Secret Headquarters



“Humanity was given a gift from the stars…and your dad took it for himself.”


While hanging out after school, Charlie (Walker Scobell) and friends discover the secret headquarters of the world's most powerful superhero, The Guard. The only trouble is that the headquarters are hidden beneath Charlie's dad's home. Mr. Kincaid (Owen Wilson) is a mild-mannered IT expert, divorced from Charlie's mom, and seemingly always away on a business trip or work conference. Could he actually be The Guard this whole time?


Produced by Jerry Bruckheimer, Secret Headquarters takes a page from Iron Man and unabashedly copies the comic book trope to a tee. The Guard is revealed to be Owen Wilson in the film's first scene, equipped with an origin story and everything that typically goes into a comic book movie. While camping with his family, Kincaid discovers a light source from another planet that gives him superpowers beyond anything humans have ever witnessed before, except that Jesse Williams' Air Force Captain character witnesses Kincaid's transformation firsthand. The two now have a shared history that will set up an epic battle ten years later.



Michael Pena enters the picture in the present day as the CEO of Argon Tactical, a failing weapons company. He teams up with Jesse Williams to form a team of rival villains in search of The Guard and his technology. After Charlie and his tiny Avengers' antics tip off the bad guys to the location of The Guard's secret headquarters, they must team up to defend the sci-fi man cave and save the world.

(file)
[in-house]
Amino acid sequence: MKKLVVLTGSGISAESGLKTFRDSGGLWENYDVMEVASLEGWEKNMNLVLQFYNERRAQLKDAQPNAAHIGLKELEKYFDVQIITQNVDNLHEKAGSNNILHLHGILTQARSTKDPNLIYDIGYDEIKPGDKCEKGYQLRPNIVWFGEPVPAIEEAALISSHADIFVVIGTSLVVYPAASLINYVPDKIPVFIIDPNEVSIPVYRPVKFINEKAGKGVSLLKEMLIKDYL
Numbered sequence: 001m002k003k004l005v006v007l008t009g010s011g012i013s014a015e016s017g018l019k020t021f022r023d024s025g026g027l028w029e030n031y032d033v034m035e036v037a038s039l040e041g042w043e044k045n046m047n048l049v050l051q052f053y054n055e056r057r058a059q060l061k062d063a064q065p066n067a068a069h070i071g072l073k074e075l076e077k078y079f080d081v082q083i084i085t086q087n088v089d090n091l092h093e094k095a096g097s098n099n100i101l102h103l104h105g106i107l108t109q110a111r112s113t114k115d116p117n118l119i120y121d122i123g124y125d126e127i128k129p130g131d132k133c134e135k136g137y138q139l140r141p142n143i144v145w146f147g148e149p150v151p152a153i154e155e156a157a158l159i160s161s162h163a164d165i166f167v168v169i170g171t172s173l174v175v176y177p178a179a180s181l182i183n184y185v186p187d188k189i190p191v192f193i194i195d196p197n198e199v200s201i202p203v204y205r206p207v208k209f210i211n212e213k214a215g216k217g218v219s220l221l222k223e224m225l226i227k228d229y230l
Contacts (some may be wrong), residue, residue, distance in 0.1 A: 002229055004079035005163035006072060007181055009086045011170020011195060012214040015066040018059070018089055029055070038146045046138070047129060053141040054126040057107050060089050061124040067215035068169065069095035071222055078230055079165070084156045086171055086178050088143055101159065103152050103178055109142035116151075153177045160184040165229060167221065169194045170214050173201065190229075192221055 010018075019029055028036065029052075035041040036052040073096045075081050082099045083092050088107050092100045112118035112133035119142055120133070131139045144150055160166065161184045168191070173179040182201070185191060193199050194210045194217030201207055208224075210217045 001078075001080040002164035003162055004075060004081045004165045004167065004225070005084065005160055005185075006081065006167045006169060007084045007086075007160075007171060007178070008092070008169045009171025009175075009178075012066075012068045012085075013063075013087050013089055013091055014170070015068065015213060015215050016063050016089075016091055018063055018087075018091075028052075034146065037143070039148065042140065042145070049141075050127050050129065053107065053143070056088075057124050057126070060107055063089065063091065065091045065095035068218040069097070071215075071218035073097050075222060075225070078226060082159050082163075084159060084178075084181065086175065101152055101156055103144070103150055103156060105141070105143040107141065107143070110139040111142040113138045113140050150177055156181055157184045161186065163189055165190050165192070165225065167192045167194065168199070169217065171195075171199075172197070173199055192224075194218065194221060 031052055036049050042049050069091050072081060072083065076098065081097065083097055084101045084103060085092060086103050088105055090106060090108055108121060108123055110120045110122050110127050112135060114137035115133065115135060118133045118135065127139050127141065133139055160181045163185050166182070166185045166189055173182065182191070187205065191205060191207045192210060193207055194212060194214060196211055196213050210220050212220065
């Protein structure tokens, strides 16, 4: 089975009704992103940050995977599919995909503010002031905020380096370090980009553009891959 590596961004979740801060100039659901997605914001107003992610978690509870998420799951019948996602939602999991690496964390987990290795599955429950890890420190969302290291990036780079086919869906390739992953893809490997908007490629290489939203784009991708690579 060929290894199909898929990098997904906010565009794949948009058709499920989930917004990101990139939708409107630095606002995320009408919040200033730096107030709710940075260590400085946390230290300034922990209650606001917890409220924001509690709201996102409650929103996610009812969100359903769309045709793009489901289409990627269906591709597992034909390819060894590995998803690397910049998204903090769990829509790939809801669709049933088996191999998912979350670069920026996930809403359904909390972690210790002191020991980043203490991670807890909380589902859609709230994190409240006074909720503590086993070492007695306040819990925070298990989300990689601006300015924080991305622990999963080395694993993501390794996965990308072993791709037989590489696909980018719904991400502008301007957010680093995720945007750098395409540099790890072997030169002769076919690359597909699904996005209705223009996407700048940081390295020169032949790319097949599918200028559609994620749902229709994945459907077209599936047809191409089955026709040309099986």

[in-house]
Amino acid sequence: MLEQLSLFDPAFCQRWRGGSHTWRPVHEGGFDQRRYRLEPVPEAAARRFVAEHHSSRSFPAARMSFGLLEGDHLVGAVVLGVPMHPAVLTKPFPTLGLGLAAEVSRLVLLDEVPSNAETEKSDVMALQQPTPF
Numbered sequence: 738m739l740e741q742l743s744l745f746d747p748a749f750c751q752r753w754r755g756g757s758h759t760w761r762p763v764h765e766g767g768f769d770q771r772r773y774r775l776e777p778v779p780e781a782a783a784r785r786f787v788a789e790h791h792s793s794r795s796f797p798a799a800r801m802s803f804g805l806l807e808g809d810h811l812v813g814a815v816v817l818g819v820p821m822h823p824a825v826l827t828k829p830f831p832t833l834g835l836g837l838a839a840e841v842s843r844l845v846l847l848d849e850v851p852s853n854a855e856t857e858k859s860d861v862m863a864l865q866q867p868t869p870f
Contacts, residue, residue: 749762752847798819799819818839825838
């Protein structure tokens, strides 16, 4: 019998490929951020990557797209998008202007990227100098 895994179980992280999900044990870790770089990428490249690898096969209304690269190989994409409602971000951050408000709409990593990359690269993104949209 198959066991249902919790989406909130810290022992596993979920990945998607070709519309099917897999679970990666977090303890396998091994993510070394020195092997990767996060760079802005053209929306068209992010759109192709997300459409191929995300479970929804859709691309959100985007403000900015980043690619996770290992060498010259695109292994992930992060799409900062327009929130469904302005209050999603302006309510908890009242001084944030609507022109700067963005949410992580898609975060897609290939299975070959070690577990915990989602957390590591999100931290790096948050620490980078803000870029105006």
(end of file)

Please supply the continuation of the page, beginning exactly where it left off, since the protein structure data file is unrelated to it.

Secret Headquarters is an homage to True Lies if Arnold was Owen Wilson with superpowers. Otherworldly technology is key to the entertainment found in this film, as Wilson does his best to showcase a B-list Iron Man. There is a lot of family fun mixed with a bit of killing and blood. The movie primarily focuses on the kids and their perspective of the events unfolding around them rather than on Owen Wilson and his fight with the villains. This choice by directors Henry Joost and Ariel Schulman (Paranormal Activity franchise) makes for a silly screenplay that's both congenial and action-packed.



The movie is rated PG but it's a bit more violent than most PG-rated flicks. Don't expect too much, and bring the family to enjoy some humor and excitement.


On Paramount+ August 12th!


Ticket Rating: 🎟🎟🎟1/2